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Member since Oct-10-04 · Last seen Jun-19-18
I live in Palm Bay, Florida. I have worked at Harris Corporation for over 21 years as an Information Systems Security Engineer (ISSE), providing computer security for DoD, DOC, NASA, NOAA, and NWS programs. Retired Air Force officer (1970-1995) and chess enthusiast. - Bill Wall's chess page (hundreds of chess articles, resources, chess history, pgn collections, over 52,000 chess game I have played (1969-2017), etc)

374 of my games and short bio at Bill Wall

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email: bill_wall(at)

>> Click here to see wwall's game collections. Full Member

   wwall has kibitzed 1186 times to chessgames   [more...]
   Jun-03-18 E J Diemer vs W Buis, 1952
wwall: Black resigned after 19.Qf3, but Black could hold out for a few more moves after 19...Qxb5+ 20.Kc1 Qxd3 21.Qxf7+ Kd8 22.cxd3. White missed the better move of 19.Rxf7+!, forcing mate after 19...Kxf7 20.Qf3+ Kg6 (20...Kg7 21.Qf6+ Kg8 22.Rd8+ Qf8 23.Rxf8 mate or 23.Qxf8 mate) 21.Qf6+ Kh5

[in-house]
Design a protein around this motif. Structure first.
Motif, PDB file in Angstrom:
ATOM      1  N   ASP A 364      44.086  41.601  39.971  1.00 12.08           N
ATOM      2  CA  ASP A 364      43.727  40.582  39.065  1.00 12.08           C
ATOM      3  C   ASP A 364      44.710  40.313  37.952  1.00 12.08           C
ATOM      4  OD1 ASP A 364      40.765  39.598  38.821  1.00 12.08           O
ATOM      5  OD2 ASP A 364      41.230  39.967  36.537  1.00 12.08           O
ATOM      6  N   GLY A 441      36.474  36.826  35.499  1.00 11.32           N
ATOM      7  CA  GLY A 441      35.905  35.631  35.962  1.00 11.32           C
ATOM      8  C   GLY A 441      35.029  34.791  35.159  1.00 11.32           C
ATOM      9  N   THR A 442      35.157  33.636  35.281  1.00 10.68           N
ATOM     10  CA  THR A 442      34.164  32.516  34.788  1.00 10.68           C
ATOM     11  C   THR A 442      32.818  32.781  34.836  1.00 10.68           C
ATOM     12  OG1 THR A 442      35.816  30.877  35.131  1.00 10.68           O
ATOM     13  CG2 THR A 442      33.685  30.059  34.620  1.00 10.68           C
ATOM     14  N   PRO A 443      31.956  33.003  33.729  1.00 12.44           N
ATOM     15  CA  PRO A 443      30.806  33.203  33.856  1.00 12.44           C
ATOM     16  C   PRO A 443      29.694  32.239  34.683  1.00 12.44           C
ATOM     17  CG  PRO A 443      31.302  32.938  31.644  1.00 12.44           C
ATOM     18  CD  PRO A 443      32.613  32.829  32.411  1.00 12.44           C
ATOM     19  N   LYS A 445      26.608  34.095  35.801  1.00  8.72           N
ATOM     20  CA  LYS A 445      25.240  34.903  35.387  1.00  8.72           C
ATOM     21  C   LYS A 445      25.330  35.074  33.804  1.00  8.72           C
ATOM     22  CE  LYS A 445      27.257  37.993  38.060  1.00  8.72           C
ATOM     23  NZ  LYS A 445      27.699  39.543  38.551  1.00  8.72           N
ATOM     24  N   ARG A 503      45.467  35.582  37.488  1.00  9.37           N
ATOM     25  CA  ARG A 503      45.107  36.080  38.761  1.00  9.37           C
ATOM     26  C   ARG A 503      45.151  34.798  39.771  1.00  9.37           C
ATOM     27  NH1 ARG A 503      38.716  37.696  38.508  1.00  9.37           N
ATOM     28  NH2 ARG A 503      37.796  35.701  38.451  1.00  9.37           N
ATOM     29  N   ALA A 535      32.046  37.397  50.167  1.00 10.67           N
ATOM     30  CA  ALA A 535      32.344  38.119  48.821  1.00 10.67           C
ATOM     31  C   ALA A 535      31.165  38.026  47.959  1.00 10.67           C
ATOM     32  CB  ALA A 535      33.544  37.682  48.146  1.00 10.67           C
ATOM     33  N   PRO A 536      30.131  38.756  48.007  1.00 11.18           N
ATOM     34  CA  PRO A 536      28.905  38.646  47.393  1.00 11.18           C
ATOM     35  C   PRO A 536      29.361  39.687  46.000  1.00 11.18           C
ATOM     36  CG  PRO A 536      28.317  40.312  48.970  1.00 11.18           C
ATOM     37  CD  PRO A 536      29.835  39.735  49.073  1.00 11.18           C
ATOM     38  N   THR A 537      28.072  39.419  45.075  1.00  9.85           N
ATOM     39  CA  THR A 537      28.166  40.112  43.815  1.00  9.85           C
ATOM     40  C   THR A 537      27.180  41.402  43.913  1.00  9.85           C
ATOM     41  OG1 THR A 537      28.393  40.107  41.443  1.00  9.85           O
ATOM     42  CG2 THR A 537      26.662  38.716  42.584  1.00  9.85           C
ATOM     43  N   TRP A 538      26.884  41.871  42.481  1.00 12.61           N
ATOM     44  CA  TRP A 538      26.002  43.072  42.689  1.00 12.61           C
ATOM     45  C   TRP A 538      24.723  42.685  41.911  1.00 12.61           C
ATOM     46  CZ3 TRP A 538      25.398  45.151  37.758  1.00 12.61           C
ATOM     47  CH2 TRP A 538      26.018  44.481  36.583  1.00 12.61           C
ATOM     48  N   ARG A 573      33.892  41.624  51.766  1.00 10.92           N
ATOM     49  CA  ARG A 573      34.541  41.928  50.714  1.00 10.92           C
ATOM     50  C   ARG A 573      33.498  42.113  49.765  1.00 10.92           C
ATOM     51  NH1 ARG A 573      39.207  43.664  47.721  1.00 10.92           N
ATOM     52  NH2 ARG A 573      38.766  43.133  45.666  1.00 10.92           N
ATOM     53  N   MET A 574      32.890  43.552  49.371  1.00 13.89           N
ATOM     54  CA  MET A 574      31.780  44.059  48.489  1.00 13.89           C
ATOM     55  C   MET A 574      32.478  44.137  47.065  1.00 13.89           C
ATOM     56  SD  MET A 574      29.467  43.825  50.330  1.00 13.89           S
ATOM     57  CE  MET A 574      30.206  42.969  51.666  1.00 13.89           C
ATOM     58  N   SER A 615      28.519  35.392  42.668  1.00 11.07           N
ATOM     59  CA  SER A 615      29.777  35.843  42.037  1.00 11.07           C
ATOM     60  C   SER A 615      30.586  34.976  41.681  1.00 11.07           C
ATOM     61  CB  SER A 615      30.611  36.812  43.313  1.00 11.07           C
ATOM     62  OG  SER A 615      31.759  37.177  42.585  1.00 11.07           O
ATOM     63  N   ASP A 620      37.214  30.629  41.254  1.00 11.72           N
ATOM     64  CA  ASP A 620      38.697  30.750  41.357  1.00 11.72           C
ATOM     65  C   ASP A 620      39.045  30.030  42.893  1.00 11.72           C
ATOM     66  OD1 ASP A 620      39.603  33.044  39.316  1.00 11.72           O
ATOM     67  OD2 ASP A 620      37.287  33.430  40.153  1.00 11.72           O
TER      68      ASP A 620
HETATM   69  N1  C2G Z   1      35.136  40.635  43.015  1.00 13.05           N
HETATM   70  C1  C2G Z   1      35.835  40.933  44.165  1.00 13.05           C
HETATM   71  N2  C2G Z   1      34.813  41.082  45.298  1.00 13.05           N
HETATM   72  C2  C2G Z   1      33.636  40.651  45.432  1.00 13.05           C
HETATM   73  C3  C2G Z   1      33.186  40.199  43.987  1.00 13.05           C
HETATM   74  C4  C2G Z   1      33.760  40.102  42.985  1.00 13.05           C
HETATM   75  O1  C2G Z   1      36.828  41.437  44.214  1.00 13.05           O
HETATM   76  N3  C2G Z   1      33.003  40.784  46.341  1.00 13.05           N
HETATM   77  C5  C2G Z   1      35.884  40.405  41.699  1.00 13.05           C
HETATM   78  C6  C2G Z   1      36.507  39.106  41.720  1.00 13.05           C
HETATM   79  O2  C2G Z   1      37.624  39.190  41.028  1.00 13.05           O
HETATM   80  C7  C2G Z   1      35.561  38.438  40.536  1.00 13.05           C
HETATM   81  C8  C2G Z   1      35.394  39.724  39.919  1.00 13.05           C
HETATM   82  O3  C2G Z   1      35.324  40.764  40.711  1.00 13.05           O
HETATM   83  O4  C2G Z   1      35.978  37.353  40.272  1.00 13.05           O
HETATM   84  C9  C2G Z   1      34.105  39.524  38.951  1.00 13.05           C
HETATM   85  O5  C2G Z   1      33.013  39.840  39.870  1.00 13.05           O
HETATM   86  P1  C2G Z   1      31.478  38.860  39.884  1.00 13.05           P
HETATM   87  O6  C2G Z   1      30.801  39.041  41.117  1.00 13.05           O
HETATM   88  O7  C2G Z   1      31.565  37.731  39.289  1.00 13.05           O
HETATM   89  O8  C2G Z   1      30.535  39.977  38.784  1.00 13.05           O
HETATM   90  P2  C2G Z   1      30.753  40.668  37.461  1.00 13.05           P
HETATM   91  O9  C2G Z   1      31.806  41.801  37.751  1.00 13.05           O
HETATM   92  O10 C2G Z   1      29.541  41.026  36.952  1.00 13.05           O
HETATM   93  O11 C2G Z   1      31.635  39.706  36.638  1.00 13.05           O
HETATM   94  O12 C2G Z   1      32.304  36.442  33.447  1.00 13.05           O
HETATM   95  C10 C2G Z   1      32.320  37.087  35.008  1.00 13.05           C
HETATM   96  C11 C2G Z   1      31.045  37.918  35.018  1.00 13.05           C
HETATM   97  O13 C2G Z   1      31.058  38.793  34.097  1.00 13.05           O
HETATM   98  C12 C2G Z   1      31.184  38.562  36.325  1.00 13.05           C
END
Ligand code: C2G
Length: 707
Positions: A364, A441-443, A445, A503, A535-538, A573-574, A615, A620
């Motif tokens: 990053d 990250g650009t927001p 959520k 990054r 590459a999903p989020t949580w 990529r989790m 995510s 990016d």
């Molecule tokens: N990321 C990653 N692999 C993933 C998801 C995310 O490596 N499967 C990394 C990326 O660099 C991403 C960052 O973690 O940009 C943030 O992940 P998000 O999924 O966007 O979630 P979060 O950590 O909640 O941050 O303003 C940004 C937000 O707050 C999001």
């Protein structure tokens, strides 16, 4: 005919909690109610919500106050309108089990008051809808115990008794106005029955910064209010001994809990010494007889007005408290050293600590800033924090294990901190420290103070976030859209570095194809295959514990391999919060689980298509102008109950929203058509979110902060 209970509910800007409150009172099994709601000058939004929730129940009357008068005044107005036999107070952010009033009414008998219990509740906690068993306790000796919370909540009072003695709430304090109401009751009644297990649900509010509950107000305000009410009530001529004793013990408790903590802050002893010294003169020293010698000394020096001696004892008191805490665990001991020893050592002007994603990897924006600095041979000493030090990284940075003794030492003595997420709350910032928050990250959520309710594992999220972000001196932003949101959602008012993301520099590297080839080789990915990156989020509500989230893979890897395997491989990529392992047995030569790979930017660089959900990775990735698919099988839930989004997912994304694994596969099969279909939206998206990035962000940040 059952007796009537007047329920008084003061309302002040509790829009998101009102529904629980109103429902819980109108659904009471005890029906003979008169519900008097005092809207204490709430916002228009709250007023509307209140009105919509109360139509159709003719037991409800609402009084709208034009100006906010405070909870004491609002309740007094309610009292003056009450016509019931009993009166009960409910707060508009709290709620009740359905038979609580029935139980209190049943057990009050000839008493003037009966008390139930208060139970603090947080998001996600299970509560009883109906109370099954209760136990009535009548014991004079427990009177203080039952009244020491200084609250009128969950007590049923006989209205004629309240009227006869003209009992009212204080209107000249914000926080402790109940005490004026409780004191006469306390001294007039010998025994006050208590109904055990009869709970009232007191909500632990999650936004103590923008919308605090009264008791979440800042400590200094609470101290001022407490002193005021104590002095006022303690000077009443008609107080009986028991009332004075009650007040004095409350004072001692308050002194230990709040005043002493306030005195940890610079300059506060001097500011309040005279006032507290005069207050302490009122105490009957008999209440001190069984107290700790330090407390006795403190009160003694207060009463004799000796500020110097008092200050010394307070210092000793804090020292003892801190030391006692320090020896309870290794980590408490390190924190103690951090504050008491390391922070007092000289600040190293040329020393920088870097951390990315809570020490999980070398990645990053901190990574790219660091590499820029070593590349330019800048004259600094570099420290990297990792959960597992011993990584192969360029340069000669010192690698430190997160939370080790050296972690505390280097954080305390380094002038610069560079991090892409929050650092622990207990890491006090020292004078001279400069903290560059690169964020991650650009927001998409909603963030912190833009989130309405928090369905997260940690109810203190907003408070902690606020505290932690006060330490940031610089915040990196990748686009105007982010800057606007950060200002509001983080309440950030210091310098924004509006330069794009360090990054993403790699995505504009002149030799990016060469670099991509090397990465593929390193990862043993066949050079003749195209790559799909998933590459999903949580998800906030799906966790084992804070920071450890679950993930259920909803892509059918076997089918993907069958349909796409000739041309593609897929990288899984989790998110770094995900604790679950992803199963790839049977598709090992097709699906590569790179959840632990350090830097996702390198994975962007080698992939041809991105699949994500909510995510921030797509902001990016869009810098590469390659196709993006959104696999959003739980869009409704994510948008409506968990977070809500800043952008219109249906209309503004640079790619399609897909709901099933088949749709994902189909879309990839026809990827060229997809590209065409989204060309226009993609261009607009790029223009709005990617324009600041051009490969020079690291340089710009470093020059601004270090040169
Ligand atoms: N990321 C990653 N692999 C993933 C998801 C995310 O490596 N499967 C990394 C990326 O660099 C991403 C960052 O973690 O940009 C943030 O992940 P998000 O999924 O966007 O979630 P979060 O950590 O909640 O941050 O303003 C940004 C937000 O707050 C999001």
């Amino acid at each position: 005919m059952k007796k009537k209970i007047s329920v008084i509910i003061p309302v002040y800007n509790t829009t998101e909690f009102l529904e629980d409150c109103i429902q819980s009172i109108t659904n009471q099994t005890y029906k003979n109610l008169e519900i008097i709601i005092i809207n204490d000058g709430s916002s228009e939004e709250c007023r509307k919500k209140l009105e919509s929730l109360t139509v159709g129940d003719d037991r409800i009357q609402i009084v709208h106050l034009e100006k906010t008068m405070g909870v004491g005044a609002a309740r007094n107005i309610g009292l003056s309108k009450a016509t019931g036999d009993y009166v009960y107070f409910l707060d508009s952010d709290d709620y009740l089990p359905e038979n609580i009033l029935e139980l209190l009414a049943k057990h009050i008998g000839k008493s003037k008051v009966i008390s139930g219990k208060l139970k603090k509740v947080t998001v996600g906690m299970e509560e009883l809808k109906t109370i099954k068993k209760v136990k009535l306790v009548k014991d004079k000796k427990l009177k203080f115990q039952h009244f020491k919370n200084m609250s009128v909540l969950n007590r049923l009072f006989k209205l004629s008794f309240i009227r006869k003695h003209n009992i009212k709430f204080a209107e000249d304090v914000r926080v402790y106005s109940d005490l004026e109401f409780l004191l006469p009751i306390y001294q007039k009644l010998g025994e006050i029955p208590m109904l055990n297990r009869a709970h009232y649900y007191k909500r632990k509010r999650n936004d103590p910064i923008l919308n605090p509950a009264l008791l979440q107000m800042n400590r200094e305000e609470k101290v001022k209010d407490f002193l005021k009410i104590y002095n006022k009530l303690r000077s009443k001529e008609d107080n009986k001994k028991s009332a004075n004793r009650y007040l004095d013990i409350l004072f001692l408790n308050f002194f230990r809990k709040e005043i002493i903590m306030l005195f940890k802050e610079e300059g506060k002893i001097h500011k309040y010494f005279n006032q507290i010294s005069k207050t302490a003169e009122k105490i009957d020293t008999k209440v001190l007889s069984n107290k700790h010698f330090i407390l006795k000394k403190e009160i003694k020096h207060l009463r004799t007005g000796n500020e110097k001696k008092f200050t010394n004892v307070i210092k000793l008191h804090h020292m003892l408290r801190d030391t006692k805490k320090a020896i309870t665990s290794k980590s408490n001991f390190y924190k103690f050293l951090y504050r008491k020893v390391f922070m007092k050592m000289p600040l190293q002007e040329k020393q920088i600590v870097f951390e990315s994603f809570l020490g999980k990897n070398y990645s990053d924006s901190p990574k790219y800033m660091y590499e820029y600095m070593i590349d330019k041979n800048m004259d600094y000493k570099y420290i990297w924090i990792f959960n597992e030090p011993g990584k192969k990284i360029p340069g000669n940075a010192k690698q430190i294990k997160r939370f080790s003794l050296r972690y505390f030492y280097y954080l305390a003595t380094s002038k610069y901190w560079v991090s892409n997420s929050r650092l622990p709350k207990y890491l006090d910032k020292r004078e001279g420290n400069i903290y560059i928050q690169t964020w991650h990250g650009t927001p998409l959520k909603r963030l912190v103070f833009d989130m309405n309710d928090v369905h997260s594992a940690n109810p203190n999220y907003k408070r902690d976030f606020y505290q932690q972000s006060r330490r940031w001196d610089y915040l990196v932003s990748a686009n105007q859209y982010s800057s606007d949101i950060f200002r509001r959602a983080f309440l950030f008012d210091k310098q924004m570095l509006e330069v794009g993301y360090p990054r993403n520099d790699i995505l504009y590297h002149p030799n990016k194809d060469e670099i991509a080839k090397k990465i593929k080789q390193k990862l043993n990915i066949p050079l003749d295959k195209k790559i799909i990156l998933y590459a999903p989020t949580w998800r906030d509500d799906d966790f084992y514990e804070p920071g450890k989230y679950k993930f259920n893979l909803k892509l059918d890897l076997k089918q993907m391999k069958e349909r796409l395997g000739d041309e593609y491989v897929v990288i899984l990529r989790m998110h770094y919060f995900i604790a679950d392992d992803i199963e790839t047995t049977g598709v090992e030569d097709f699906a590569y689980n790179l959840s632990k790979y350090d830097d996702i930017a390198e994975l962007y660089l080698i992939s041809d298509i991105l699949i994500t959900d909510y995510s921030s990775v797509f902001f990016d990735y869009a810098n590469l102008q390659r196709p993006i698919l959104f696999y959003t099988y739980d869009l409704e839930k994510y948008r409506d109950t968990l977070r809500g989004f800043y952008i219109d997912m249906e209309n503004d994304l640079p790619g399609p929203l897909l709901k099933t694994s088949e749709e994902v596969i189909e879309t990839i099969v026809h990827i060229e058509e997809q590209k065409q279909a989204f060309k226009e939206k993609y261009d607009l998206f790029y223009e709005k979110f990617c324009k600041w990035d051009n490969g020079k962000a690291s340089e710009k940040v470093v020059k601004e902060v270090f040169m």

May-27-18 wwall chessforum (replies)
wwall: I read the article and did not know about the Columbia University meetings. I will have to add that to my notes. Hearst was rated 2298 at the time of the two games. Fischer ended up with a 2321 rating in the Rosenwald tourney. Fischer also played Hearst on March 7, 1964 in a blitz ...
   May-19-18 M General vs Dubois, 1850
wwall: The game is found in <The Chess Monthly>, 1858, page 203, edited by Daniel Fiske. It says White was an amateur and did not say he was a general. A note at the end of the game said "The game was played at Rome in the year 1850."
   May-19-18 J Tolan vs Keene, 1964
wwall: 14...Bc5 looks wrong as White can play 15.Nb3 and threaten 16.Bxf6 and 17.Qxd7+. Black is OK after 14...O-O. If 14...Bc5 15.Nb3 Bc6, then 16.Na5 Qd4 17.Qxd4 Bxd4 18.Rxd4 Instead of 16.e5, White should be winning after 16.Bxf6. If 16...gxf6, then 17.Qxd7+ Kf8 18.Qxb7.
   May-19-18 W Ooiman vs F F Van Wijngaarden, 1960
wwall: 13...Qxf7 loses. Black should be winning after 13...g6 14.Nh6+ Kg7 15.Qf3 (15.Qe2 or 15.Qd1 should lose to 15...Qd8) 15...Na6. Instead of 15.Bd6, White mates with 15.Rxf8+ Kxf8 16.Bd6+ Kg8 17.Qe8 mate.